Recently I spoke with Mosaik Solutions’ John Gilmer, VP, Data Integrity, Brian McNamara, product manager, Todd Cotts, director, Product Management and Matt Oak, manager GIS department regarding their business and recent announcements.

Mosaik Solutions Coverage

Mosaik Solutions Coverage

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Google acquires Jetpac iPhone app

Tuesday, September 23rd, 2014

Not to be outdone by some of Google’s larger acquisitions, Jetpac, a contextual image company, has been acquired by the search engine giant. What Google wants from Jetpac is their iPhone app that helps users find destinations using shared smartphone photos. It is also a very powerful crowdsourcing tool.

JetpacCityGuides_iPhone (more…)

Special Coverage: Online GIS Courses Change the Face of Geospatial Education

Thursday, August 28th, 2014

The face of GIS and Geospatial education has changed dramatically over the past few years, with online courses being offered in numerous subjects, ranging from GIS fundamentals to Spatial Analytics and Geodesign. What is more phenomenal is that these courses reach out to all corners of the earth, making a GIS/geospatial education a possibility for almost everyone on the planet.

Screenshot from a Washington College lecture

Screenshot from a Washington College lecture

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NASA needs help from citizen science

Tuesday, August 26th, 2014

A recent CNN report announced thatNASA is asking for the help of citizens in viewing hundreds of thousands of images taken from space over the years, from the 1960s Mercury missions to the present images snapped from the International Space Station.

North Korea is barely lit when juxtaposed with neighboring South Korea and China.
North Korea is barely lit when juxtaposed with neighboring South Korea and China.

Via The Gateway to Astronaut Photography of Earth, NASA is making these images available for citizens to examine.

NASA says the hope is that the images “could help save energy, contribute to better human health and safety and improve our understanding of atmospheric chemistry. But scientists need your help to make that happen.”

The catalog contains more than 1.8 million photos, about 1.3 million of them from the space station and roughly 30% of them taken at night.

 Photos: International Space Station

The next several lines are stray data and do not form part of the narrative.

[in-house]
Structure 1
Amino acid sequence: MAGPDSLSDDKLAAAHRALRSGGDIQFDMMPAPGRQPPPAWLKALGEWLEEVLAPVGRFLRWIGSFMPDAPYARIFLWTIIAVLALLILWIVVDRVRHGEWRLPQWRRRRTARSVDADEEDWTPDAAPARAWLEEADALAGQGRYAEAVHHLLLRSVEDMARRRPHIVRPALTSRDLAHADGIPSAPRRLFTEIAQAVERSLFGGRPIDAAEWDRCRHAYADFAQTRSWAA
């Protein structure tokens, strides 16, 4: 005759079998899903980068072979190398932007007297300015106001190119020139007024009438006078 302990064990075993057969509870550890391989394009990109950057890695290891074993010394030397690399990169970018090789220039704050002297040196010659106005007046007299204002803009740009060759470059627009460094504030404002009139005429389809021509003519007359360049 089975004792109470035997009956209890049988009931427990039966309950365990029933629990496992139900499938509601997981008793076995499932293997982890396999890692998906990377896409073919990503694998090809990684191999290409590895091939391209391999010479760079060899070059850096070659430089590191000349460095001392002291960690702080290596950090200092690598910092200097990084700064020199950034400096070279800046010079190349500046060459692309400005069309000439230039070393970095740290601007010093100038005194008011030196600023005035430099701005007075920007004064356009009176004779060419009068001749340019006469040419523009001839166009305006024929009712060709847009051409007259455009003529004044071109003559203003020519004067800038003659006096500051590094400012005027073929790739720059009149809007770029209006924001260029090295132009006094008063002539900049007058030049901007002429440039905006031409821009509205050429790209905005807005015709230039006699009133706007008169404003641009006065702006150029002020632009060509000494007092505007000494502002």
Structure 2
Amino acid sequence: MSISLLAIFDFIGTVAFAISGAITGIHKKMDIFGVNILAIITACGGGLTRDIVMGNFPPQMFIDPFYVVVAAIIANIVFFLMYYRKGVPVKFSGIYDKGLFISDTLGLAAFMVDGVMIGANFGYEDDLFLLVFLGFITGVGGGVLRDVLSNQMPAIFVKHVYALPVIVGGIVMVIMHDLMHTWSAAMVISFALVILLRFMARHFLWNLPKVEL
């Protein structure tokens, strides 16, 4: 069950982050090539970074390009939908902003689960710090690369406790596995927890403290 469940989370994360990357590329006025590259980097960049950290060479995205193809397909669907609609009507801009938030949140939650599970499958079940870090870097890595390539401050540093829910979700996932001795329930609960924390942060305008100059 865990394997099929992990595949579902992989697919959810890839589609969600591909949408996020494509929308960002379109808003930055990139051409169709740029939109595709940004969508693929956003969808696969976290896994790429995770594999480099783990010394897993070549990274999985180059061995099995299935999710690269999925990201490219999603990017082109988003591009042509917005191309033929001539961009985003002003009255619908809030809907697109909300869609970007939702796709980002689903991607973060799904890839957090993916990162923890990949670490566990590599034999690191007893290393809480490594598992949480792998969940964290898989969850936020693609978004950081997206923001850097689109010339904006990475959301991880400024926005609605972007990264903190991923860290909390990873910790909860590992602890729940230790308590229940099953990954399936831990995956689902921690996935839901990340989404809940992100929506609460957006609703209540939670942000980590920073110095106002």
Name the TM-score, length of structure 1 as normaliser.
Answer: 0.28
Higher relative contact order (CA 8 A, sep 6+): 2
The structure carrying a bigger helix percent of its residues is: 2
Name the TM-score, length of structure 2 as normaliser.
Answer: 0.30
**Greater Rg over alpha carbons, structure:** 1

NASA gets rare view of black hole
NASA tests supersonic parachute for Mars

Tyson on deep space exploration

The CNN report said that before 2003, night images from the space station could be blurry, even with high-speed film and manual tracking, because the station moves at about 17,500 mph. In that same year, astronaut Don Pettit used a drill and assorted parts he found on the station to cobble together a “barn-door tracker,” a lower-tech predecessor to the European Space Agency’s NightPod, which was installed at the space station nine years later.

According to the report, NightPod’s motorized tripod compensates for the space station’s speed, providing what NASA scientist William Stefanov says are the highest-resolution night images from orbit. Satellites collect data more regularly, but the photos tend to be lower resolution. “Now the pictures are clear, but their location may not be, which limits their usefulness,” the NASA news release says.

Citizen science has a better handle on location than the night images from the space station and satellite imagery. The Complutense University of Madrid is spearheading efforts to get citizen input and organize the photos.  They have broken down the  the images into three components requiring different levels of participation:

1. Dark skies. This is the easiest project, as it requires no scientific expertise. “Anyone can help” by sorting the images into the categories: cities, stars or other objects, said Alejandro Sanchez, doctoral student at Complutense.

“Without the help of citizens, it is almost impossible to use these images scientifically. Algorithms cannot distinguish between stars, cities and other objects, such as the moon. Humans are much more efficient for complex image analysis,” he said.